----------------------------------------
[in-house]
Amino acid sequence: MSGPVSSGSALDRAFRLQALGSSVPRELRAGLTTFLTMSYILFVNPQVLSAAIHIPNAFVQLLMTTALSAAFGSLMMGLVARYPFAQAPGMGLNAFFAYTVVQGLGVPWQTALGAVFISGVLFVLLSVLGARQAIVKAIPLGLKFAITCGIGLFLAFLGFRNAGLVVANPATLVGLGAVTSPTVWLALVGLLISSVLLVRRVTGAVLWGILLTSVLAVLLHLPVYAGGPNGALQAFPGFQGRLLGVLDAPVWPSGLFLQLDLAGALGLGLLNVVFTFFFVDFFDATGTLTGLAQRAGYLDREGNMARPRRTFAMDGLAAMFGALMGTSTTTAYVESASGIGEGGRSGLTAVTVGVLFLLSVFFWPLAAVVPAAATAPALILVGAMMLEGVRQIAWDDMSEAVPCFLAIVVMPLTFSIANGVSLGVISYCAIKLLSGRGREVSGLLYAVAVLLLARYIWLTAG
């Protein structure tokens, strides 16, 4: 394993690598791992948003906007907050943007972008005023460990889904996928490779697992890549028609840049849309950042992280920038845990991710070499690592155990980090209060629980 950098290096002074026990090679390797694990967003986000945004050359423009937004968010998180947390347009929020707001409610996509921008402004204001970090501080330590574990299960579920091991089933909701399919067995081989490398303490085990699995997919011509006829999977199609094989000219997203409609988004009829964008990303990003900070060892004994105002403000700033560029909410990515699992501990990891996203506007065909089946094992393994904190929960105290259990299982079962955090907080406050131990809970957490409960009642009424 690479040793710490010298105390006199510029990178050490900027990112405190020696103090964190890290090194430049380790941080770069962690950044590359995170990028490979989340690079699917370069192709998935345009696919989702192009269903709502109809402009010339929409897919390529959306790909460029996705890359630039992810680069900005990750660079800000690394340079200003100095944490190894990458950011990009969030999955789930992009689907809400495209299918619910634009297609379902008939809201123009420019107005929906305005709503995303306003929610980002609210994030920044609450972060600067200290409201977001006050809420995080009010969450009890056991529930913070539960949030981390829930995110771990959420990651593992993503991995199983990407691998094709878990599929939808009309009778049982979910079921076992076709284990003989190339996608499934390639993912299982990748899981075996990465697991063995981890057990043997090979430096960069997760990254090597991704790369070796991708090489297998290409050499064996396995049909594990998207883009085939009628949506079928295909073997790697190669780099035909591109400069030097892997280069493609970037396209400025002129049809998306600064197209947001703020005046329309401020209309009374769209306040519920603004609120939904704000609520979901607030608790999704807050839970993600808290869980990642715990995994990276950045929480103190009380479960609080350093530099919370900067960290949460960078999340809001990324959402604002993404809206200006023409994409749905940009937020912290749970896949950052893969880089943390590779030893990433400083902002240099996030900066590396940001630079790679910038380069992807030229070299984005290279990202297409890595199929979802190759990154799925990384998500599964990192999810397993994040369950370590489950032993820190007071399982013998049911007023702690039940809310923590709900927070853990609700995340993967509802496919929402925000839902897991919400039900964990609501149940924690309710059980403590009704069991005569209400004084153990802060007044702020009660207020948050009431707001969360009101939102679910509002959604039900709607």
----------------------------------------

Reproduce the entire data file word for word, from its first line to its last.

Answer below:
[in-house]
Amino acid sequence: MSGPVSSGSALDRAFRLQALGSSVPRELRAGLTTFLTMSYILFVNPQVLSAAIHIPNAFVQLLMTTALSAAFGSLMMGLVARYPFAQAPGMGLNAFFAYTVVQGLGVPWQTALGAVFISGVLFVLLSVLGARQAIVKAIPLGLKFAITCGIGLFLAFLGFRNAGLVVANPATLVGLGAVTSPTVWLALVGLLISSVLLVRRVTGAVLWGILLTSVLAVLLHLPVYAGGPNGALQAFPGFQGRLLGVLDAPVWPSGLFLQLDLAGALGLGLLNVVFTFFFVDFFDATGTLTGLAQRAGYLDREGNMARPRRTFAMDGLAAMFGALMGTSTTTAYVESASGIGEGGRSGLTAVTVGVLFLLSVFFWPLAAVVPAAATAPALILVGAMMLEGVRQIAWDDMSEAVPCFLAIVVMPLTFSIANGVSLGVISYCAIKLLSGRGREVSGLLYAVAVLLLARYIWLTAG
């Protein structure tokens, strides 16, 4: 394993690598791992948003906007907050943007972008005023460990889904996928490779697992890549028609840049849309950042992280920038845990991710070499690592155990980090209060629980 950098290096002074026990090679390797694990967003986000945004050359423009937004968010998180947390347009929020707001409610996509921008402004204001970090501080330590574990299960579920091991089933909701399919067995081989490398303490085990699995997919011509006829999977199609094989000219997203409609988004009829964008990303990003900070060892004994105002403000700033560029909410990515699992501990990891996203506007065909089946094992393994904190929960105290259990299982079962955090907080406050131990809970957490409960009642009424 690479040793710490010298105390006199510029990178050490900027990112405190020696103090964190890290090194430049380790941080770069962690950044590359995170990028490979989340690079699917370069192709998935345009696919989702192009269903709502109809402009010339929409897919390529959306790909460029996705890359630039992810680069900005990750660079800000690394340079200003100095944490190894990458950011990009969030999955789930992009689907809400495209299918619910634009297609379902008939809201123009420019107005929906305005709503995303306003929610980002609210994030920044609450972060600067200290409201977001006050809420995080009010969450009890056991529930913070539960949030981390829930995110771990959420990651593992993503991995199983990407691998094709878990599929939808009309009778049982979910079921076992076709284990003989190339996608499934390639993912299982990748899981075996990465697991063995981890057990043997090979430096960069997760990254090597991704790369070796991708090489297998290409050499064996396995049909594990998207883009085939009628949506079928295909073997790697190669780099035909591109400069030097892997280069493609970037396209400025002129049809998306600064197209947001703020005046329309401020209309009374769209306040519920603004609120939904704000609520979901607030608790999704807050839970993600808290869980990642715990995994990276950045929480103190009380479960609080350093530099919370900067960290949460960078999340809001990324959402604002993404809206200006023409994409749905940009937020912290749970896949950052893969880089943390590779030893990433400083902002240099996030900066590396940001630079790679910038380069992807030229070299984005290279990202297409890595199929979802190759990154799925990384998500599964990192999810397993994040369950370590489950032993820190007071399982013998049911007023702690039940809310923590709900927070853990609700995340993967509802496919929402925000839902897991919400039900964990609501149940924690309710059980403590009704069991005569209400004084153990802060007044702020009660207020948050009431707001969360009101939102679910509002959604039900709607």